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Boost Your Brain for Better Living

February 8th, 2023

Even though environment and family inheritance can be factors for loss of mental sharpness and some forms of dementia, there are ways to improve your overall brain health. 

1. Be physically active

Brain health is about exercising both your mind and your body. Physical activity pumps blood to the brain, which nourishes the cells with nutrients and oxygen. As well, regular exercise helps to reduce stress and improve your mood. People who exercise regularly are less likely to experience depression, high cholesterol, heart disease, stroke and diabetes – all risks associated with loss of brain health.

  • Add a bit of physical activity to your daily routine. Many experts recommend walking as one of the safest and most effective forms of aerobic exercise. If you are able to, ride a bike, take a swim, or do some slow careful exercise sitting in a chair or led by a recreation leader. 
  • Choose activities that you enjoy, so that you will keep doing them regularly
  • If you have reduced mobility, try activities that can help you maintain your balance and prevent falls, such as gentle yoga or tai chi.
  • Plan to do physical activity with someone else or as part of a group. This way you are more likely to keep active while you also gain the benefits of social interaction.

2. Be socially active 

Research shows that regularly interacting with others may help lower your risk of developing dementia and can also reduce your stress, brighten your mood and keep your relationships healthy.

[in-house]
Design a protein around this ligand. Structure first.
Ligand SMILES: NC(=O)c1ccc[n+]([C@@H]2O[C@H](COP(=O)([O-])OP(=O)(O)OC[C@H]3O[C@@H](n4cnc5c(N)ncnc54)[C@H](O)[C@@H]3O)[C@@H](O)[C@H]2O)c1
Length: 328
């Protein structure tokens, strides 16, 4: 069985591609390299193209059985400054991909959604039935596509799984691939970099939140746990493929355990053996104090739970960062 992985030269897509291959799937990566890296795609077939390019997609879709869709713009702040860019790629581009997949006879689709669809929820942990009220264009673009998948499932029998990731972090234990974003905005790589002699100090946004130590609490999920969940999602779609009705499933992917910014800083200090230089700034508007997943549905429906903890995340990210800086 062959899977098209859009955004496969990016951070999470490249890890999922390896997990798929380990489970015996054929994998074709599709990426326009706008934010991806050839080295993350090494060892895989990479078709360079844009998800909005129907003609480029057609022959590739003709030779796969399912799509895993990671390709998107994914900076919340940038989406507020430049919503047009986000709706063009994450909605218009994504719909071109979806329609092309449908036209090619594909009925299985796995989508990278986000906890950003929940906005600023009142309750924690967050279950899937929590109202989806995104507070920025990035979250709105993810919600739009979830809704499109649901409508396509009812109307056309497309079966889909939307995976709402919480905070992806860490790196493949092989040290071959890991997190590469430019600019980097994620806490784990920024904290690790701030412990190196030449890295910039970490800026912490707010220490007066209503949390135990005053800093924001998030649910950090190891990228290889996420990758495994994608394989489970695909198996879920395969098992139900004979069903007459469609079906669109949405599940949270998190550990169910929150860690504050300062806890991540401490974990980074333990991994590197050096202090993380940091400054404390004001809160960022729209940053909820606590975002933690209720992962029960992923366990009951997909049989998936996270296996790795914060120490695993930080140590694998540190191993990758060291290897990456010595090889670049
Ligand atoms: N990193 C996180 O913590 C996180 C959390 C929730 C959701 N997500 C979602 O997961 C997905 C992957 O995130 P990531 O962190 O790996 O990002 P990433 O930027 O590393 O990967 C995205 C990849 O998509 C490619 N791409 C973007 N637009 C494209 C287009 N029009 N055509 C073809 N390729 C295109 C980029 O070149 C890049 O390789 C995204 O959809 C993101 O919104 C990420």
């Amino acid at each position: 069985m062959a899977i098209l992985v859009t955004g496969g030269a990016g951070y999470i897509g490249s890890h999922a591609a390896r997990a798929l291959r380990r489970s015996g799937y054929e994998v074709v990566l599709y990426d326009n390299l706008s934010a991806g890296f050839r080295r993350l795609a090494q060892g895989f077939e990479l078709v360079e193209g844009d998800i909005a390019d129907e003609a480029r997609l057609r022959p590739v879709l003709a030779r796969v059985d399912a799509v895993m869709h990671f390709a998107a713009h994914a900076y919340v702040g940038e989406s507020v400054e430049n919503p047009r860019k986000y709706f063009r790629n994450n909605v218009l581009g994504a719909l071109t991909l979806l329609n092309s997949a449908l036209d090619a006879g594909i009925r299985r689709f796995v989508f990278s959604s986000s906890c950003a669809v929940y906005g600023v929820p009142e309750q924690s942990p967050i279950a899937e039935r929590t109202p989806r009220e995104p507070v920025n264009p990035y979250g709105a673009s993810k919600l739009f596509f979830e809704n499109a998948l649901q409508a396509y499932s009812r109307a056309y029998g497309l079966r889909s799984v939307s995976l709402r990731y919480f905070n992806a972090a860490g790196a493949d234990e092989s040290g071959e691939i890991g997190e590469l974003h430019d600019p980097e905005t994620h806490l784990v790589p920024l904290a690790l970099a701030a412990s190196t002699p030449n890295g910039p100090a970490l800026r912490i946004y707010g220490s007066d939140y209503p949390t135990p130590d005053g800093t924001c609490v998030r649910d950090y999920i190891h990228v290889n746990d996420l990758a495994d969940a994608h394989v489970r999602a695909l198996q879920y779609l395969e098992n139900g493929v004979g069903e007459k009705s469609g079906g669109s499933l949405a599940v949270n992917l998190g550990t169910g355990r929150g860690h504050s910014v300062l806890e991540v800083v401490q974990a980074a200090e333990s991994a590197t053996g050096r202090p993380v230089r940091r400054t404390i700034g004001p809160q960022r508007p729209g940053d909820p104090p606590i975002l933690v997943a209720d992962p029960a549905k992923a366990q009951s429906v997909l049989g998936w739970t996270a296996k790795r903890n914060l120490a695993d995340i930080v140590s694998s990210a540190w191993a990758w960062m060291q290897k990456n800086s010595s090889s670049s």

• Make the most of your daily opportunities to socialize with others. 
  • Practice small acts of kindness, even if it’s just smiling at someone in the hallway.
  • Find time to help someone out. There are many benefits to volunteering to help out. It can expand your network of friendships and boost your self-confidence.
  • Welcome new experiences. Accept invitations and offer a few yourself. 
  • Keep up your old and new friendships by talking on the phone, chatting online via email or social media, or sending a greeting card.

3. Make Healthy Choices

  • Try to eat a healthy diet of foods you enjoy. Avoid alcohol and smoking.
  • See your doctor when you have health concerns. Don’t wait for them to get worse.
  • Try to get plenty of sleep. Most people need at least seven hours of sleep per night. Sleep deprivation can significantly impair your memory, mood and function.
  • Seek and accept support when you need it. Reach out to a friend or family member that you trust. Talk about what's giving you stress. If symptoms of stress persist, contact your doctor.

4. Challenge your brain

  • Pursue life-long learning. Learn new things and take up new hobbies.
  • Play games. Examples of brain-challenging games can include cards, word puzzles, jigsaws, crosswords, sudoku and bingo. 
  • Engage in cultural activities such as community celebrations, music events, or art shows. After the event, share your thoughts with others.
  • Cross-train your brain. If there are things you’re not good at doing, try to improve them and give your brain some flexibility. Try a variety of challenges instead of sticking to one particular area. 

The best way to succeed in boosting your brain health is to be your own best friend. Congratulate yourself for your efforts. Don’t get discouraged if some things are harder for you than for others. The goal is to be the best you can be for you and to live a happier, healthier life.

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